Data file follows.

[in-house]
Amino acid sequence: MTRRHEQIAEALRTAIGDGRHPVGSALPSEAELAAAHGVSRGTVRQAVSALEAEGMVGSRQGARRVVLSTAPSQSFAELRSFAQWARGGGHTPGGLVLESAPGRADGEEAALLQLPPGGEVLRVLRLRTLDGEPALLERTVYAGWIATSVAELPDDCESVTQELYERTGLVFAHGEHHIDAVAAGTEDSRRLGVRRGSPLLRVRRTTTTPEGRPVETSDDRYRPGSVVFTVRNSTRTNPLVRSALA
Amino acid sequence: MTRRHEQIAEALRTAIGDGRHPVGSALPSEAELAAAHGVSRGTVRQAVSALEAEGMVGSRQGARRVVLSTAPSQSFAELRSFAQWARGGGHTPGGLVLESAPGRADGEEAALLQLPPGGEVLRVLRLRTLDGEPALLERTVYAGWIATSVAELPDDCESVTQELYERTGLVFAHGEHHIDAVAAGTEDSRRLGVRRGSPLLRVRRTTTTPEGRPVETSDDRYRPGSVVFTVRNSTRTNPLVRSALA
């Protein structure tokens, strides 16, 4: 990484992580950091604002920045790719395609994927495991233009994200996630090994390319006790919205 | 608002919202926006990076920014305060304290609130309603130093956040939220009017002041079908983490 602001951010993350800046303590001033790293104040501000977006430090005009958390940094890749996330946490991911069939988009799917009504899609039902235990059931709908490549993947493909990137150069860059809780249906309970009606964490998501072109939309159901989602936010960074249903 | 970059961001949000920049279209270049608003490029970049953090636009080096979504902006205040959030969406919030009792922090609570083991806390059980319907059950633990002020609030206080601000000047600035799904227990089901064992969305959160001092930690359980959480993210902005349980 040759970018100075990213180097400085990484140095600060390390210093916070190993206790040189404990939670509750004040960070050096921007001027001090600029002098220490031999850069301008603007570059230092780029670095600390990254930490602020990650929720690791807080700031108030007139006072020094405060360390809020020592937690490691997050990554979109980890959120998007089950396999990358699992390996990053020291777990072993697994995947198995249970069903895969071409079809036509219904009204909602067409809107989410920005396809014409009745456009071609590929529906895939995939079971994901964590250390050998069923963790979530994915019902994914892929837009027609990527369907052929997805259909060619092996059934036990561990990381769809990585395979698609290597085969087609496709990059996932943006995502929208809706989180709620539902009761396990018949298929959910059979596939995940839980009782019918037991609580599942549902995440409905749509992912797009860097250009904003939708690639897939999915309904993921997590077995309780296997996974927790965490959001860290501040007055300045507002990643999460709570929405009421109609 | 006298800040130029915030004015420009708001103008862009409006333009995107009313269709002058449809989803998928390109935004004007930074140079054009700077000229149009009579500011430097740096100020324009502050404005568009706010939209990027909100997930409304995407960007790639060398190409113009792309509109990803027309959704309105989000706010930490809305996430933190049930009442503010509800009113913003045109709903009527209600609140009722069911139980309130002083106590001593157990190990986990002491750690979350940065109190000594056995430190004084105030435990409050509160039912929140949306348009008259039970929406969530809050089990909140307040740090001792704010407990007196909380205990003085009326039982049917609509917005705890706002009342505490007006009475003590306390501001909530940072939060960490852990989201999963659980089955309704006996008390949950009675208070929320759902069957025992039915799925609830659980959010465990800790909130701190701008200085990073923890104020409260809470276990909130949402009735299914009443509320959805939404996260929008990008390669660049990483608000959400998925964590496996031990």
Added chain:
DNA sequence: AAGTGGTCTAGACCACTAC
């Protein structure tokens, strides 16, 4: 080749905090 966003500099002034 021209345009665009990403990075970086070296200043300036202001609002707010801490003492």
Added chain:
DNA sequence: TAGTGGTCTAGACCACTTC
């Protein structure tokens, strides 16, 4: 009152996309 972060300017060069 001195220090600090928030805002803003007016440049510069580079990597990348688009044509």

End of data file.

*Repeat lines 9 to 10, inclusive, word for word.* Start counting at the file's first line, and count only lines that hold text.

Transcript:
DNA sequence: TAGTGGTCTAGACCACTTC
């Protein structure tokens, strides 16, 4: 009152996309 972060300017060069 001195220090600090928030805002803003007016440049510069580079990597990348688009044509």